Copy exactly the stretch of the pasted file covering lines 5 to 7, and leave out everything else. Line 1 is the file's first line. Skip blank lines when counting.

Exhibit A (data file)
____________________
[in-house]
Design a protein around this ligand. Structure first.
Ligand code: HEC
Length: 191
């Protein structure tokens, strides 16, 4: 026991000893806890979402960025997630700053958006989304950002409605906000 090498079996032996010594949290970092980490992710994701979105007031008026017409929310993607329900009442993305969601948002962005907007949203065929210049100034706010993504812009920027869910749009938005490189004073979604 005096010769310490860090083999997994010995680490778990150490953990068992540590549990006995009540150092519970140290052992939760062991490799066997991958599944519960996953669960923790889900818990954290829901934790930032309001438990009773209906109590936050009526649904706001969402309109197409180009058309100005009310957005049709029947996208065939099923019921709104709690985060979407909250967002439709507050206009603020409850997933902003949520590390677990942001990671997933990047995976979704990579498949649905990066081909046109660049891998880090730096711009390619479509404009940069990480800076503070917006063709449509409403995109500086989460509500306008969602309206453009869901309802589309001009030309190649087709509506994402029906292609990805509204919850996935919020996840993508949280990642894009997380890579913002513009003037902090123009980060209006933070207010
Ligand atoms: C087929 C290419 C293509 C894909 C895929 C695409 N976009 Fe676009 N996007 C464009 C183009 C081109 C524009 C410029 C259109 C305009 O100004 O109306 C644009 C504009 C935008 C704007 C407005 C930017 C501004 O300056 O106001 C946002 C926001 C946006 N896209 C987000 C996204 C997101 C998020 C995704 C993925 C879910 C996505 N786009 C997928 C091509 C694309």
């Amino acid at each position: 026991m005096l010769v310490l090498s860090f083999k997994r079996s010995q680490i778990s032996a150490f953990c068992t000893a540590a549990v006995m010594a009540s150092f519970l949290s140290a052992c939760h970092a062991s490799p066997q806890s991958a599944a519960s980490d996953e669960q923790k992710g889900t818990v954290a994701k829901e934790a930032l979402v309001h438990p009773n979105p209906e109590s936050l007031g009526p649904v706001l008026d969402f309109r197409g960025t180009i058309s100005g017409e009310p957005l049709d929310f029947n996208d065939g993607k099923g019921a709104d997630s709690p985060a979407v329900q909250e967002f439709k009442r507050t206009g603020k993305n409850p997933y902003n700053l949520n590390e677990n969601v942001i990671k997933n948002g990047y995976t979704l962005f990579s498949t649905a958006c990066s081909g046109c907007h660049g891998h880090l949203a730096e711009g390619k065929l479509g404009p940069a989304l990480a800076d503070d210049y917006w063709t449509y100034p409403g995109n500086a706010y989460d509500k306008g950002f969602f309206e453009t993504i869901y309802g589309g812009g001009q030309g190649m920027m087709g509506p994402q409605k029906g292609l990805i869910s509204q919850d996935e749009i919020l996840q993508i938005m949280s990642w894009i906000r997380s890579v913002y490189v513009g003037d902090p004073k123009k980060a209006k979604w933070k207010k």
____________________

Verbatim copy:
């Protein structure tokens, strides 16, 4: 026991000893806890979402960025997630700053958006989304950002409605906000 090498079996032996010594949290970092980490992710994701979105007031008026017409929310993607329900009442993305969601948002962005907007949203065929210049100034706010993504812009920027869910749009938005490189004073979604 005096010769310490860090083999997994010995680490778990150490953990068992540590549990006995009540150092519970140290052992939760062991490799066997991958599944519960996953669960923790889900818990954290829901934790930032309001438990009773209906109590936050009526649904706001969402309109197409180009058309100005009310957005049709029947996208065939099923019921709104709690985060979407909250967002439709507050206009603020409850997933902003949520590390677990942001990671997933990047995976979704990579498949649905990066081909046109660049891998880090730096711009390619479509404009940069990480800076503070917006063709449509409403995109500086989460509500306008969602309206453009869901309802589309001009030309190649087709509506994402029906292609990805509204919850996935919020996840993508949280990642894009997380890579913002513009003037902090123009980060209006933070207010
Ligand atoms: C087929 C290419 C293509 C894909 C895929 C695409 N976009 Fe676009 N996007 C464009 C183009 C081109 C524009 C410029 C259109 C305009 O100004 O109306 C644009 C504009 C935008 C704007 C407005 C930017 C501004 O300056 O106001 C946002 C926001 C946006 N896209 C987000 C996204 C997101 C998020 C995704 C993925 C879910 C996505 N786009 C997928 C091509 C694309």
């Amino acid at each position: 026991m005096l010769v310490l090498s860090f083999k997994r079996s010995q680490i778990s032996a150490f953990c068992t000893a540590a549990v006995m010594a009540s150092f519970l949290s140290a052992c939760h970092a062991s490799p066997q806890s991958a599944a519960s980490d996953e669960q923790k992710g889900t818990v954290a994701k829901e934790a930032l979402v309001h438990p009773n979105p209906e109590s936050l007031g009526p649904v706001l008026d969402f309109r197409g960025t180009i058309s100005g017409e009310p957005l049709d929310f029947n996208d065939g993607k099923g019921a709104d997630s709690p985060a979407v329900q909250e967002f439709k009442r507050t206009g603020k993305n409850p997933y902003n700053l949520n590390e677990n969601v942001i990671k997933n948002g990047y995976t979704l962005f990579s498949t649905a958006c990066s081909g046109c907007h660049g891998h880090l949203a730096e711009g390619k065929l479509g404009p940069a989304l990480a800076d503070d210049y917006w063709t449509y100034p409403g995109n500086a706010y989460d509500k306008g950002f969602f309206e453009t993504i869901y309802g589309g812009g001009q030309g190649m920027m087709g509506p994402q409605k029906g292609l990805i869910s509204q919850d996935e749009i919020l996840q993508i938005m949280s990642w894009i906000r997380s890579v913002y490189v513009g003037d902090p004073k123009k980060a209006k979604w933070k207010k």